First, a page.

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EPA’s ‘Navigable Waters Protection Rule’ – What it Means for Sustainable Infrastructure
In the world of all things water, there has been a persistently murky issue for landowners: Which surface water features on their property are subject to federal regulation? After decades of such uncertainty, a final rule proposed by the U.S. Environmental Protection Agency (EPA) is providing a definition of which waters are subject to Clean Water Act Section 404 permitting that will guide business owners who are exploring infrastructure development.
With the March of Renewables, Electricity Sector Latest Industry to Undergo Transformation
For all the positives, renewable energy and applications that change how and when energy is used — from electric vehicles (EVs) to energy storage technologies — are rattling the conventional power industry, propelling its transformation to clean energy technology. But headwinds, including rigorous regulations and consumer expectations of reliability, may make the process feel like a bridge too far instead of a once-in-a-century opportunity.
Utilities Must Constantly Be on Offense in Cat-and- Mouse Game Against Hackers
For power suppliers wanting to be vigilant about the threat that hackers pose to the grid, a March 2019 intrusion may have been a benign warning about vulnerability. When hackers disabled a Utah-based renewable energy developer’s control system for about a dozen solar and wind farms in the West, the grid’s operators were left blinded for more than 10 hours to those 500 megawatts of generation sites. Thankfully, no outages resulted.
Creating a lower carbon future in the Lower Aire Valley
Knostrop Energy & Recycling Facility

Yorkshire Water’s £72 million Knostrop Energy & Recycling Facility turns sewage into energy, generating sufficient electricity to power 7,600 homes. The project, according to local member of parliament Hilary Benn, “is helping to create a lower carbon future in the Lower Aire Valley.”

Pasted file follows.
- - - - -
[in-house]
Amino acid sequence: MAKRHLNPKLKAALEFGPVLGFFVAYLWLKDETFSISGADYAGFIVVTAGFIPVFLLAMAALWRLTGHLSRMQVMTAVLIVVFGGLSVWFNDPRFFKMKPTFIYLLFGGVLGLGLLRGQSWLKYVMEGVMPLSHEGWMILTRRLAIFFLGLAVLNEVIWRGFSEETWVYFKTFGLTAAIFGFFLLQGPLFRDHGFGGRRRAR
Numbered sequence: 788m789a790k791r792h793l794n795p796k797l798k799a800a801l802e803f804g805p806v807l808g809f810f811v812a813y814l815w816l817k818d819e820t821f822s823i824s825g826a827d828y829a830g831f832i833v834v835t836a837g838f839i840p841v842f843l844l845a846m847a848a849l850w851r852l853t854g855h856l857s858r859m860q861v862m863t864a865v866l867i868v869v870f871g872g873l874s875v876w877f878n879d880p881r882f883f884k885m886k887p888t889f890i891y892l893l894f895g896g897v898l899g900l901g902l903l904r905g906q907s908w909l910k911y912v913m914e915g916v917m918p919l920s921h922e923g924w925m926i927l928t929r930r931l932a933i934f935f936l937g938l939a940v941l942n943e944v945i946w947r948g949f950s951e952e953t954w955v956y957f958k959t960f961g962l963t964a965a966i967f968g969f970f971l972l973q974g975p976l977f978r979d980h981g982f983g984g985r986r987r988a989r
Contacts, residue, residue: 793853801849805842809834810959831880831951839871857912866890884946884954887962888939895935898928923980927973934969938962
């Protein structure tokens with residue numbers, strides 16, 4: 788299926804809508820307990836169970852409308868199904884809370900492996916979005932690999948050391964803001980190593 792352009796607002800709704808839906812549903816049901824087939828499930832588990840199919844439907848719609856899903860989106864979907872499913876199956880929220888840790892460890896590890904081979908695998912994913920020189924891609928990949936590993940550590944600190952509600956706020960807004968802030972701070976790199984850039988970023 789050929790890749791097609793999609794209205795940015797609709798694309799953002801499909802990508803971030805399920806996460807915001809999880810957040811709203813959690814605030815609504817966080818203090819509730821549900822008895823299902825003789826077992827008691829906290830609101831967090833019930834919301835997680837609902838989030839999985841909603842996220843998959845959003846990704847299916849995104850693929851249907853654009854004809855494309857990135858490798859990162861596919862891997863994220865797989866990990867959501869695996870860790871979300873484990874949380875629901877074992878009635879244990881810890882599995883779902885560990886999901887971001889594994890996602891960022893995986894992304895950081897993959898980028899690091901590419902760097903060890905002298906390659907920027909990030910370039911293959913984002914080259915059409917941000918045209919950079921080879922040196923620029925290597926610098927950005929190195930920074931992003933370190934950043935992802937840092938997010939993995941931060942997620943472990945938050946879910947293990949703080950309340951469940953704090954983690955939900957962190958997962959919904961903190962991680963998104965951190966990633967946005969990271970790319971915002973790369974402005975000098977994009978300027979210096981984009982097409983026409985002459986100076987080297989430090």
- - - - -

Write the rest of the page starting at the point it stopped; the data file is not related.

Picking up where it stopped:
5G Implementation Comes Down to Communication, Collaboration
There’s no doubt that the lure of 5G digitalization is strong. This wave of next-generation connectivity is expected to usher in exciting new opportunities such as wide-scale adoption of the Internet of Things (IoT), along with all its innovative new technologies that promise to change how we live, work and play.
The Call Is Coming from Inside the House: Private Utility Networks Bring Efficiency, Control and Reliability
Reliable communications networks are crucial to allow utilities to deliver an uninterrupted supply of power to customers. With high-speed wireless technology at the fore, and the addition of hundreds of new field applications that require communications networks — including Long-Term Evolution (LTE) — a digital utility is built on communications that extend to the edge. Converged networks employing IP-advanced private wireless networks enable these systems to become more efficient and extend deeper into the distribution system, where they’re most needed.
Integration Is Key From Data Management to Construction, But Can It Happen?
The answer, of course, depends on who you ask, but as they evolve from century-old (and occasionally millennia-old) roots, today’s critical infrastructure service providers are grappling with a range of forces that can redefine their businesses and the world we live in. Adapting their organizations to a more distributed, data-driven world is key to their futures, if they can harness new, integrated approaches to asset management, data quality management, capital planning and how things get built with improved IPD construction data.
United They Stand: DER and Non-Wire Alternatives Are Pulling Utility Teams Together
Ask anyone who’s been in the utility world for a while, and they’ll assuredly tell you: most utilities have operated in silos, separate groups focused squarely on their own little corner of the business. The silo mentality thrives when members of one department don’t share information with other departments, operate with separate goals, use different tools, and follow different processes than those folks across the hall.
Delivering Resiliency as a Service
When it comes to grid modernization, where utilities want to spend money — and where they have approval to spend money — are not the same thing. Under today’s regulatory models, utilities typically do not have a way to recapture all the fixed costs required for critical upgrades. This can mean the choice between keeping the lights on today and preparing the grid for the challenges of the future.
For Utilities, the Road Map to Resilience Must Be Focused, Holistic
As climate change continues to flex its catastrophic muscle, a storm is brewing for U.S. utilities. The scourge of extreme weather events — prolonged droughts, pounding hurricanes and deluges blamed for unprecedented flooding — are joining wildfires as challenges that have utilities scrambling to harden their assets to provide the resilience that consumers and regulators demand. Unrelenting threats of cyberattacks and the rising number of technologies that increase the load and strain on infrastructure assets add to the complexity.

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